Despite the relatively small sum compared to other celebrity athletes such as Tiger Woods and Kobe Bryant, Bolt is the highest paid track & field athlete the history of the sport.
A typical payday for Bolt ranges from $200,000 to $350,000 in appearance fees and could be even higher after this summer’s London Olympic Games. Bolt can command these outrageous fees because he guarantees a sold out crowd anywhere he performs.
For example, Bolt’s appearance at the 2010 Penn Relays drew a crowd of approximately 54,310 people, the history in the event’s 118-year history.
According to Forbes magazine, Bolt raked in US$20.3 million over the last 12 months from appearance fees, prize money, sponsors, and bonuses. This places him at number 63 on the Forbes highest paid athletes list.
After this Olympic, the 6-foot-5 Jamaican sprinter could see his wealth quadruple as Bolt mania continues to spread across the globe. Scores of major brands are already lined up to ink endorsement deals with Bolt.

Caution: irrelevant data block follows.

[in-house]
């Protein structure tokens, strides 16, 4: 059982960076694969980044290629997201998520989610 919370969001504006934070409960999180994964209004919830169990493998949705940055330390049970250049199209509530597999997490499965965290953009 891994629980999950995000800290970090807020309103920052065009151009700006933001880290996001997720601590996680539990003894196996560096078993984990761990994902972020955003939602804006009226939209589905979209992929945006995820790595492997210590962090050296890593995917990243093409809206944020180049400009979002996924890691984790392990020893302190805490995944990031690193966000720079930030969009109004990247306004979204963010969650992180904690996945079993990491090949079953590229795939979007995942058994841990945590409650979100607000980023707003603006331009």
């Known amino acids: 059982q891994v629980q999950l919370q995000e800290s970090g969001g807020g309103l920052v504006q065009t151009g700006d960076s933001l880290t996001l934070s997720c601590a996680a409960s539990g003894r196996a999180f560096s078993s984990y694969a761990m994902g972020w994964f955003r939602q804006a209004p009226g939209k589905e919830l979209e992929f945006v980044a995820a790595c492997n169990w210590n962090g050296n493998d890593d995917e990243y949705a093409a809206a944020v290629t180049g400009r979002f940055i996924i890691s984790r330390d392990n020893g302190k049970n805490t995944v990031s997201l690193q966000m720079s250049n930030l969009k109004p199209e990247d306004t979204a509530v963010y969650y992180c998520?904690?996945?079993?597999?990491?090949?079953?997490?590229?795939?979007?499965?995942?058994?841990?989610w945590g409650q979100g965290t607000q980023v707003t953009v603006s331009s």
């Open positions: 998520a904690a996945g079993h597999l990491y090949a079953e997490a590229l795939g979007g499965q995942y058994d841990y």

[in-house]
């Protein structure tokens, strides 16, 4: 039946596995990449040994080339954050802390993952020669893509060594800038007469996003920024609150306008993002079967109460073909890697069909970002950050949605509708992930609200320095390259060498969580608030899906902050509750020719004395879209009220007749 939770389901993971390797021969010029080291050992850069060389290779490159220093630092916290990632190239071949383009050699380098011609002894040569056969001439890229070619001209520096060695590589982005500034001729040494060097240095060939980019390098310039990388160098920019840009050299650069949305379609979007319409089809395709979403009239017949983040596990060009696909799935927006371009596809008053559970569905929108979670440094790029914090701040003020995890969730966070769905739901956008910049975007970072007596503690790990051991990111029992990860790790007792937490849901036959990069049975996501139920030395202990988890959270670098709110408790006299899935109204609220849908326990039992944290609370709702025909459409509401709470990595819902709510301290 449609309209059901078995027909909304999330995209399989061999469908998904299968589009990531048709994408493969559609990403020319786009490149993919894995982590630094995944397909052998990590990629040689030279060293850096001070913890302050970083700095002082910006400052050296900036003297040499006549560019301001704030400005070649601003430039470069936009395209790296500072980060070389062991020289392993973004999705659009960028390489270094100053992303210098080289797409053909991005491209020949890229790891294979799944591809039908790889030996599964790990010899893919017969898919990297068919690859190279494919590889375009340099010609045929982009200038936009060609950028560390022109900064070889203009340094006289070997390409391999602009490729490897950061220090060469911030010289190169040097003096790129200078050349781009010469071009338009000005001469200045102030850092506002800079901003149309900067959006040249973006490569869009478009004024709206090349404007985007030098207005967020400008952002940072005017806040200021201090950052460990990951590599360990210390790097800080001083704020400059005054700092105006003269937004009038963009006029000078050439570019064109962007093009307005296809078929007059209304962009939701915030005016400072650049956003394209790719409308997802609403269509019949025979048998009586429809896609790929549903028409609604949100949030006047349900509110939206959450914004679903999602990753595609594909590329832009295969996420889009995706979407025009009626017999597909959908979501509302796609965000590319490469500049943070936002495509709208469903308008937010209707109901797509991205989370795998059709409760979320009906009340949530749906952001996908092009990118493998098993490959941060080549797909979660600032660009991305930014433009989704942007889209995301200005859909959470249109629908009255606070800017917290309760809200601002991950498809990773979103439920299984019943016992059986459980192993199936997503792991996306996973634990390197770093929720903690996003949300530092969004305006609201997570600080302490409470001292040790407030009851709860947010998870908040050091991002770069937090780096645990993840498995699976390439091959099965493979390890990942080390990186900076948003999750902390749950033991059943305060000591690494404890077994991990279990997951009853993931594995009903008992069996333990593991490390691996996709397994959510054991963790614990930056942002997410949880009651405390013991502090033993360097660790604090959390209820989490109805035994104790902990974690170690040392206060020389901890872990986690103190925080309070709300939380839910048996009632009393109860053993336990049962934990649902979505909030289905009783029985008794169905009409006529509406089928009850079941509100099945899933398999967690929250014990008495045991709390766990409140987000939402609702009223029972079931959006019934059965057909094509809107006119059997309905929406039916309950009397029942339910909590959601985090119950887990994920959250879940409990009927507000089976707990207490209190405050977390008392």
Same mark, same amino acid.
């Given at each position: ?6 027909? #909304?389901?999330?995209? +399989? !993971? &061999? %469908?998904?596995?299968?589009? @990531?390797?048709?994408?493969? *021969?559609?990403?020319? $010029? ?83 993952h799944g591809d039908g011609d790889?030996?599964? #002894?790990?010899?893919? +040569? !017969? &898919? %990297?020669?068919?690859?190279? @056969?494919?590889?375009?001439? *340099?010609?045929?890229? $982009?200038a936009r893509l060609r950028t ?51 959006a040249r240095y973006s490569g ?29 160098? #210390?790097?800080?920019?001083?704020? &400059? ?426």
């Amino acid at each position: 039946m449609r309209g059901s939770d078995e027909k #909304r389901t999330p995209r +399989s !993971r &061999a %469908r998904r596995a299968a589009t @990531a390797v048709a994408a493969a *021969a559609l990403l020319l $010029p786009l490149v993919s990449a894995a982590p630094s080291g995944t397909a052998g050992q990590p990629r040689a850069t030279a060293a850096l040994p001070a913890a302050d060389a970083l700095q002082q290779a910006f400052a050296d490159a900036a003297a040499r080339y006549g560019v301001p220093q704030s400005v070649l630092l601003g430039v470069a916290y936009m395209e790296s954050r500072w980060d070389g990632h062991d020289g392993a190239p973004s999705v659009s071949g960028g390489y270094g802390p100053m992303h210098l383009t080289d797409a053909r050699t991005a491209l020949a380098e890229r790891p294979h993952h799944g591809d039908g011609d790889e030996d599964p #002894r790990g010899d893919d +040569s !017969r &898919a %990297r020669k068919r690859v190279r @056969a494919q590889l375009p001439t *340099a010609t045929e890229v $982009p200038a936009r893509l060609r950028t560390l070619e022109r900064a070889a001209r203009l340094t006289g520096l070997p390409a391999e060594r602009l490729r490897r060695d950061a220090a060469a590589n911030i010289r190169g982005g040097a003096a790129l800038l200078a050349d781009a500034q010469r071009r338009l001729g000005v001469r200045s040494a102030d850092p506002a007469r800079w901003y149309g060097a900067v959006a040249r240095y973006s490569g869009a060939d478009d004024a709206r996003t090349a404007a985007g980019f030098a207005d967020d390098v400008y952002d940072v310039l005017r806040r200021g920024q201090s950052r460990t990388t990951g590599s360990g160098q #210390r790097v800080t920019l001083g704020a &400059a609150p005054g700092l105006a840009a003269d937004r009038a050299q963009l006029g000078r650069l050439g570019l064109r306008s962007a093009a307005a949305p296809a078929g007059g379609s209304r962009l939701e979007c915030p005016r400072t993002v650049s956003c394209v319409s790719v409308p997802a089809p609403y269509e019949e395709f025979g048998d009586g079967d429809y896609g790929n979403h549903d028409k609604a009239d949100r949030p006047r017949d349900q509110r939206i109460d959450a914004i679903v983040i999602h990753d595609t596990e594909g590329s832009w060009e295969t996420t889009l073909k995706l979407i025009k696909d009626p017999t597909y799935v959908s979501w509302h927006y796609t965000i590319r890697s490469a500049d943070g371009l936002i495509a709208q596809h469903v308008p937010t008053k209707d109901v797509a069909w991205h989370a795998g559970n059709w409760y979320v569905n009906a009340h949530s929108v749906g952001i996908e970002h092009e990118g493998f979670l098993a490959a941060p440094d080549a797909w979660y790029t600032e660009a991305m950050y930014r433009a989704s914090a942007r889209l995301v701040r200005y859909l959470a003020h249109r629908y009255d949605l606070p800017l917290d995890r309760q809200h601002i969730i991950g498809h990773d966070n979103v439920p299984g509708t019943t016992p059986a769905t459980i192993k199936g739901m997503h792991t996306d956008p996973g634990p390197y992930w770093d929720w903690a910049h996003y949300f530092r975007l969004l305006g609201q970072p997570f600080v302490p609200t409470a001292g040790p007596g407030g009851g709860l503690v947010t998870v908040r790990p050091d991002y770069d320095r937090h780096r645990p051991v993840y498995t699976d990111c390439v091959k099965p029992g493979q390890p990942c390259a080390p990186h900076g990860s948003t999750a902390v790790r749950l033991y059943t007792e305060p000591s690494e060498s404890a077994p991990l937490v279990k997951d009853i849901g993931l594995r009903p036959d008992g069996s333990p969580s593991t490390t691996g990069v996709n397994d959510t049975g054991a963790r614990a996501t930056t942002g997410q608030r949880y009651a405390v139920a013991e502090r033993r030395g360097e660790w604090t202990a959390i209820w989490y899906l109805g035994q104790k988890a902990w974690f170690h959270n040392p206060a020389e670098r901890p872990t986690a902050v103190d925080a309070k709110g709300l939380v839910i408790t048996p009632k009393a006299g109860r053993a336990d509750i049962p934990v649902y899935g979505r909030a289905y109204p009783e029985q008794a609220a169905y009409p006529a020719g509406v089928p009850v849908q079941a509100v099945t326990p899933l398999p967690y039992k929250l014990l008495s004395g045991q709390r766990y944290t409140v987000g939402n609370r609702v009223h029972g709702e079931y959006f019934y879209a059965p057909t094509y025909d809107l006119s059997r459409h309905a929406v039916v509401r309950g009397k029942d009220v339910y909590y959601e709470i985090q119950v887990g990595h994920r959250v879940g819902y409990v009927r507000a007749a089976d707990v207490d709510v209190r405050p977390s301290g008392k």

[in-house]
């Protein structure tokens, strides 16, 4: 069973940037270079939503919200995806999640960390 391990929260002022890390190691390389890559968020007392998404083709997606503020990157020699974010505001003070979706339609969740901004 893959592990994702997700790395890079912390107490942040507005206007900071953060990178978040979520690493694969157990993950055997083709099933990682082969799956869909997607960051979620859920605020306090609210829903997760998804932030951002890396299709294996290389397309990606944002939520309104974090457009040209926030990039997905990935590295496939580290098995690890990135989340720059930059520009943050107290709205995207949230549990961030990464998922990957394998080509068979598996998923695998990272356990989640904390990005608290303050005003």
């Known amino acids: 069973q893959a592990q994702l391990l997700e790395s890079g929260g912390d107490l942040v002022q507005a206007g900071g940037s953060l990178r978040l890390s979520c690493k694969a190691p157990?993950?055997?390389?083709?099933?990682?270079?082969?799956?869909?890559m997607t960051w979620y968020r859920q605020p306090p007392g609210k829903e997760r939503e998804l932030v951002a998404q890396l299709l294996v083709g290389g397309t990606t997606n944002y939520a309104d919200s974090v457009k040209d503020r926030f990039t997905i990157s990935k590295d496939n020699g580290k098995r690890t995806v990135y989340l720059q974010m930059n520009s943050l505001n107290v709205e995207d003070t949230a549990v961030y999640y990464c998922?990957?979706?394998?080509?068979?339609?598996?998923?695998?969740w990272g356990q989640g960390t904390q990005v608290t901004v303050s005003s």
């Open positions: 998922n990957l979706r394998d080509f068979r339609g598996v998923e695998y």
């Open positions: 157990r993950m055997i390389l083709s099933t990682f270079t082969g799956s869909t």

The triple world record holder is already seeing huge paychecks from the likes of Virgin Media, Swiss watchmaker Hublot, Gatorade, Visa, and more.
In June Bolt inked a multimillion dollar deal with Nissan Motor, which will see the sprinter as a global ambassador for the car maker. Bolt is already a proud owner of an iconic Nissan GT-R.
Earlier this year Soul Electronics inked a deal with Bolt, which will see him developing his own line of headphones.
But Puma is the brand that signs Bolt’s biggest paychecks. In 2010 the German sports wear company re-signed Bolt in a deal worth $9 million annually until 2014.
Bolt also has several ventures in Jamaica including the famous Usain Bolt’s Tracks & Records (Restaurant & Bar) in Kingston.
Bolt also released his autobiography, “9:58: Being the World’s Fastest Man,” in 2010, and another book rumored to be in the making after the London Olympic Games.
Usain Bolt is also rumored to be in talks for a documentary movie deal. Look out for Bolt mania in Hollywood.